Time to spring into action

PUBLISHED: 12:55 26 January 2006 | UPDATED: 17:11 11 May 2010

Crocuses

Crocuses

THE year has turned and as daylight lengthens there are signs of the coming of spring in my garden. The snowdrops planted in groups beneath trees in the lawn and along the edge of the drive are in bud showing gleams of white against the green of the gras

Snowdrops

THE year has turned and as daylight lengthens there are signs of the coming of spring in my garden. The snowdrops planted in groups beneath trees in the lawn and along the edge of the drive are in bud showing gleams of white against the green of the grass. Thanks to lower temperatures this winter they are set to flower at the right time in February instead of earlier, which has been the case in the recent very mild run of winters. Early last year I created a new shrub bed next to my pond which I filled with Cornus Winter Fire, a variety producing bark shading from yellow to red for interesting winter colour. In the autumn, I decided to add some white flowered crocus bulbs and snowdrops which were planted in their dry form. Both types of bulb are coming through the soil now, but while the crocus looks likely to bloom well at least half of the snowdrops are clearly only producing leaves without flowers. This experience underlines the fact that snowdrops are best planted in the green, that is when they still have their leaves but after their flowers have faded. There are a number of nurseries which offer a mail order service selling snowdrops in the green towards the end of February and in the past when I have bought from them I have found that the bulbs have flowered very well the following year. Now I have such a large collection of snowdrops in my garden that I can afford to split the clumps after flowering and plant these in fresh areas which they can colonise instead of buying in. However, when I planted the bed of Cornus last year I did not think about under-planting with snowdrops until it was too late to use plants in the green. Although the dry bulbs are a disappointment in their first year they will be fine in future years and soon form healthy splashes of white and green to contrast with the red and yellow stems of the Cornus.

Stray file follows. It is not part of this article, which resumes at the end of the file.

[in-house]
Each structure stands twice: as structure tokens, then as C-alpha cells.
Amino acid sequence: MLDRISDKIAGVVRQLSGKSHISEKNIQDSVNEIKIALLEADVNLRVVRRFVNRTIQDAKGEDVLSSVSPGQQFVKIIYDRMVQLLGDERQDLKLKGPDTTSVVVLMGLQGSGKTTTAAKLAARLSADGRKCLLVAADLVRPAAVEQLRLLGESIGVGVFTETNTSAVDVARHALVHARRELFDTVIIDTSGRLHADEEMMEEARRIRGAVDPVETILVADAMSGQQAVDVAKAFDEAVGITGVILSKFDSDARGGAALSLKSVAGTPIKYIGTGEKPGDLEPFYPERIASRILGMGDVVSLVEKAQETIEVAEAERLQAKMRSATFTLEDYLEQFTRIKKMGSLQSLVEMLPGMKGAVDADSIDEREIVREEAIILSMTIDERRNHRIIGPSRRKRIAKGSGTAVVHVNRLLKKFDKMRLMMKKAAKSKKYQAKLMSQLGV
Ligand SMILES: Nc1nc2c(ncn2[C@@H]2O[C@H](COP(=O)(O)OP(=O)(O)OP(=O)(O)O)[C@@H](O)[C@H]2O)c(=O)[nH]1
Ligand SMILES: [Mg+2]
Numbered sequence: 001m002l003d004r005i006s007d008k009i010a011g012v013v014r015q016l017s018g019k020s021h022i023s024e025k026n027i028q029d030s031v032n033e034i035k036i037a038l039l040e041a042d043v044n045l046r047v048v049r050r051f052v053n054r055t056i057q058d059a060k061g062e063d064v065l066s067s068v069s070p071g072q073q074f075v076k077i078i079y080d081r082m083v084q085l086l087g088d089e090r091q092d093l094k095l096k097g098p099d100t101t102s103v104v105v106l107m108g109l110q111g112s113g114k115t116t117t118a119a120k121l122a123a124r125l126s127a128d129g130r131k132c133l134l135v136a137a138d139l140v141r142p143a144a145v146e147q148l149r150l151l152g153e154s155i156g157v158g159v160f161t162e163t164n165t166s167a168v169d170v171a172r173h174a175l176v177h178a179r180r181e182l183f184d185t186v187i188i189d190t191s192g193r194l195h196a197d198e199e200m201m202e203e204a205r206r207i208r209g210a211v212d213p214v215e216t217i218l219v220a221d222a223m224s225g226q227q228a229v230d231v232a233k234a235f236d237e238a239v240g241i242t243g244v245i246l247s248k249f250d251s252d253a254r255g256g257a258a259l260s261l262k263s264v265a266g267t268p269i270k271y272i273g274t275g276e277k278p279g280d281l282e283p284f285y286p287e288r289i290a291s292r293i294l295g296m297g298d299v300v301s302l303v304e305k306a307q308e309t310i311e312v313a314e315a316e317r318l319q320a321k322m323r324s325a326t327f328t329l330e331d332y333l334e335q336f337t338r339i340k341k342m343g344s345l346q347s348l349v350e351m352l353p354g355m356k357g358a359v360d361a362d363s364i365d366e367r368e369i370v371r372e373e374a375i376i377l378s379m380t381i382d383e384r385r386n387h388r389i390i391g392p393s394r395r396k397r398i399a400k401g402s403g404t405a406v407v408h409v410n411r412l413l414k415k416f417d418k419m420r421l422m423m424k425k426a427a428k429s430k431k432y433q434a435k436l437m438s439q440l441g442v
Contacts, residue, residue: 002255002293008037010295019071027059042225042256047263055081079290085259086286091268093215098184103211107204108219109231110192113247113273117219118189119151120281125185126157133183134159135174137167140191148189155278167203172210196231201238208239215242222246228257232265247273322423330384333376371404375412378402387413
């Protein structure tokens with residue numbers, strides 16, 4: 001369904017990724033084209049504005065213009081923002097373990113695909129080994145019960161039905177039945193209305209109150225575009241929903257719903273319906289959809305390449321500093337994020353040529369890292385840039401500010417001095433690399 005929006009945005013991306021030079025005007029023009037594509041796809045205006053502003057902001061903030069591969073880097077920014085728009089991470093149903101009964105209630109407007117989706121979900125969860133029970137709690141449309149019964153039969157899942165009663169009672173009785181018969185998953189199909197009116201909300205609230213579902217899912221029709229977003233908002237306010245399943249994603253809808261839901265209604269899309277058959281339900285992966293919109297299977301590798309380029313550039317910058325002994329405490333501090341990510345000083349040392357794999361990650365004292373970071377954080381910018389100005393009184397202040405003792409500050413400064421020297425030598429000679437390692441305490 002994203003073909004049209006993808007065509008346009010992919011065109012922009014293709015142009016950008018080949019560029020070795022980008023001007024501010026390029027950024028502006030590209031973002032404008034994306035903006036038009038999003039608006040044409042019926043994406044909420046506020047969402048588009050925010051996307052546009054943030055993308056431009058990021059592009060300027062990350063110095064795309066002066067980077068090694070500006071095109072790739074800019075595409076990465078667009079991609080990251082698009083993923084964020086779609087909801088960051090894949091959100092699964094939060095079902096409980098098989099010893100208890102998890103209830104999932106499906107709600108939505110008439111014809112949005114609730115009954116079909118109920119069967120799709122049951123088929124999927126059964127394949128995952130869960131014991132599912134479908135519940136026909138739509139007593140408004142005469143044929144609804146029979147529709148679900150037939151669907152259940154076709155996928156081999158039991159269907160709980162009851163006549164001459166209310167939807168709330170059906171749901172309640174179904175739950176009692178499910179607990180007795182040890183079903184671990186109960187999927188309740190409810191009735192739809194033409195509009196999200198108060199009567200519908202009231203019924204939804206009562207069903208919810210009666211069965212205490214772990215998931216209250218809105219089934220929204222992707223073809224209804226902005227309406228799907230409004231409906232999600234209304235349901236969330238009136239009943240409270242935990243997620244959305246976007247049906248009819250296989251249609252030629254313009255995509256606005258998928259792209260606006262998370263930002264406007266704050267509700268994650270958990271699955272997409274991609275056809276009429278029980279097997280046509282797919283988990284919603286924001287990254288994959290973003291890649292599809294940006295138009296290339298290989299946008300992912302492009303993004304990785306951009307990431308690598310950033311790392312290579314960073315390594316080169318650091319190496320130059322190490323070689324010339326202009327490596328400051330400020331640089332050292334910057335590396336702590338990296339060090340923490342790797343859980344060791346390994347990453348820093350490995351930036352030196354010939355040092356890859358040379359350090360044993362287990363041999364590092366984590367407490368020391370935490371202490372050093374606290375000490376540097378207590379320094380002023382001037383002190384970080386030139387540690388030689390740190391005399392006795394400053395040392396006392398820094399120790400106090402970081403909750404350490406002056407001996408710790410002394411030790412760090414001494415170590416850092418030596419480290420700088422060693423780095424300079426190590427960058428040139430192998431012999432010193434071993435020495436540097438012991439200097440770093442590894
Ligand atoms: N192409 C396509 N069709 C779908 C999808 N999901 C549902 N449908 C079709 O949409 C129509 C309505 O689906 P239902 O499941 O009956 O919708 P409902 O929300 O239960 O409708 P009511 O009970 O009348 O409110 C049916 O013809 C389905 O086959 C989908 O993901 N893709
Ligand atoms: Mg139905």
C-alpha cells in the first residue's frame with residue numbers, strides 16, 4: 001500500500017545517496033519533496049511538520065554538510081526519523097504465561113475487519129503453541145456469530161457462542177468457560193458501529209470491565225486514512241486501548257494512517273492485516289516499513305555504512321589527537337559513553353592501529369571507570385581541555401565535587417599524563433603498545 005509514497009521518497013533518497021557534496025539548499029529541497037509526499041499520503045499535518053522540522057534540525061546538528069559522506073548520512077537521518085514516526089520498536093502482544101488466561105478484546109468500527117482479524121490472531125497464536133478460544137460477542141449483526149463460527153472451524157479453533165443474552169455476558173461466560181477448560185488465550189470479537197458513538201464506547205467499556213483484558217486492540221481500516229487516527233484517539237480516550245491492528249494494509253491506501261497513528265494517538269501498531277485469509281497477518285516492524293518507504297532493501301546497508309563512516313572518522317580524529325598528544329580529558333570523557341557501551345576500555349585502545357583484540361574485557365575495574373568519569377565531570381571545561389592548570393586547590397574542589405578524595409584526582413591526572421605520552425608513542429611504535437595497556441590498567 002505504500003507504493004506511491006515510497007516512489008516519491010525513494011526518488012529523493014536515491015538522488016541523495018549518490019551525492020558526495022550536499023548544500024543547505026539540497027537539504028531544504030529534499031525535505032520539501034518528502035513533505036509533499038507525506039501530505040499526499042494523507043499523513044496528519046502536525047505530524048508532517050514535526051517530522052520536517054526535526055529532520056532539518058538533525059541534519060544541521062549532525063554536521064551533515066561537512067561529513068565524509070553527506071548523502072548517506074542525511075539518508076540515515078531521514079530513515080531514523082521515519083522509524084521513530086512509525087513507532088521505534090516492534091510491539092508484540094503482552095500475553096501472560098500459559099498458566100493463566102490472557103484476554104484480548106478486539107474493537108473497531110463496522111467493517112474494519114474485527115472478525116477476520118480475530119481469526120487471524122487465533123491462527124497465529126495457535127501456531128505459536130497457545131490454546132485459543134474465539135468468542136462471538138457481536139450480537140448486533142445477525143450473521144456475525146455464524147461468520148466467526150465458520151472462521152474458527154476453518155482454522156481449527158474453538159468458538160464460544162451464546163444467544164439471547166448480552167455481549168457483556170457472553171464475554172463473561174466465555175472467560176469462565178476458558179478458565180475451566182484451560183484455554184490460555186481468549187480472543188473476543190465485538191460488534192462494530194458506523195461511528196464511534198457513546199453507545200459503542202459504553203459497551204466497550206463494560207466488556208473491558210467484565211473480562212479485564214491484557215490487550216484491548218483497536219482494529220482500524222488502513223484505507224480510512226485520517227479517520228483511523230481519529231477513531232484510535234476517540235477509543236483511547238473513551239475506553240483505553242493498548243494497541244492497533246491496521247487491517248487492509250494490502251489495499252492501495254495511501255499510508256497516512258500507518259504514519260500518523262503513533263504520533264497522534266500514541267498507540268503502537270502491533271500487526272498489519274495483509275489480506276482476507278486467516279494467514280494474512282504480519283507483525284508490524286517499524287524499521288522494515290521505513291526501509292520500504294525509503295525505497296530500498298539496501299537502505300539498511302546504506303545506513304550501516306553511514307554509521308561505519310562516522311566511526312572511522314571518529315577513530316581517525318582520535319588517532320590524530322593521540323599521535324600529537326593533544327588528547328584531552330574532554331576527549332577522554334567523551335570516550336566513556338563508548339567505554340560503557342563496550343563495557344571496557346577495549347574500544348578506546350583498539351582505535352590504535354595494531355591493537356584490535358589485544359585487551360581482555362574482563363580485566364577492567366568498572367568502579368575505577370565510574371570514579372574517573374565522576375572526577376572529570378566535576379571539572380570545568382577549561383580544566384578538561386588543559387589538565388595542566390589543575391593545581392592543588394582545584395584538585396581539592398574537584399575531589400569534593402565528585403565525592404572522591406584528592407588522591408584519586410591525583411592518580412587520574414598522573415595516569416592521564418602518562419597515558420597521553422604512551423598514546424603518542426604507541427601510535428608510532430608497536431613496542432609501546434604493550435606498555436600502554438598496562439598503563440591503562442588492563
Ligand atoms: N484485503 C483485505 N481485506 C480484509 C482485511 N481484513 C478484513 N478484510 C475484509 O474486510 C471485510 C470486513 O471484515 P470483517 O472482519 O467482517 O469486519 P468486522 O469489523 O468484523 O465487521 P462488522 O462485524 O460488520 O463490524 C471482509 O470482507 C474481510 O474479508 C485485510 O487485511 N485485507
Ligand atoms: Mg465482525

0 comments

More news stories

12:39

Officers from the Bedfordshire, Cambridgeshire and Hertfordshire Road Policing Unit (BCH RPU) now have the power to seize vehicles that have been untaxed for longer than eight weeks.

Police in the Fens released a tally of hare coursing and related offences from the past two months that include four arrests and 17 vehicles seized.

08:53

New locations for services and Christmas-themed activities have been announced for Royston’s parish church after the devastating fire at the weekend.

07:01

Christmas has arrived in Ashwell, as hundreds of visitors enjoyed the village’s annual festive celebration.

Most read stories

Hot Jobs

Show Job Lists

Digital Edition

Image
Read the Royston Crow e-edition E-edition

Newsletter Sign Up

Royston Crow weekly newsletter
Sign up to receive our regular email newsletter

Our Privacy Policy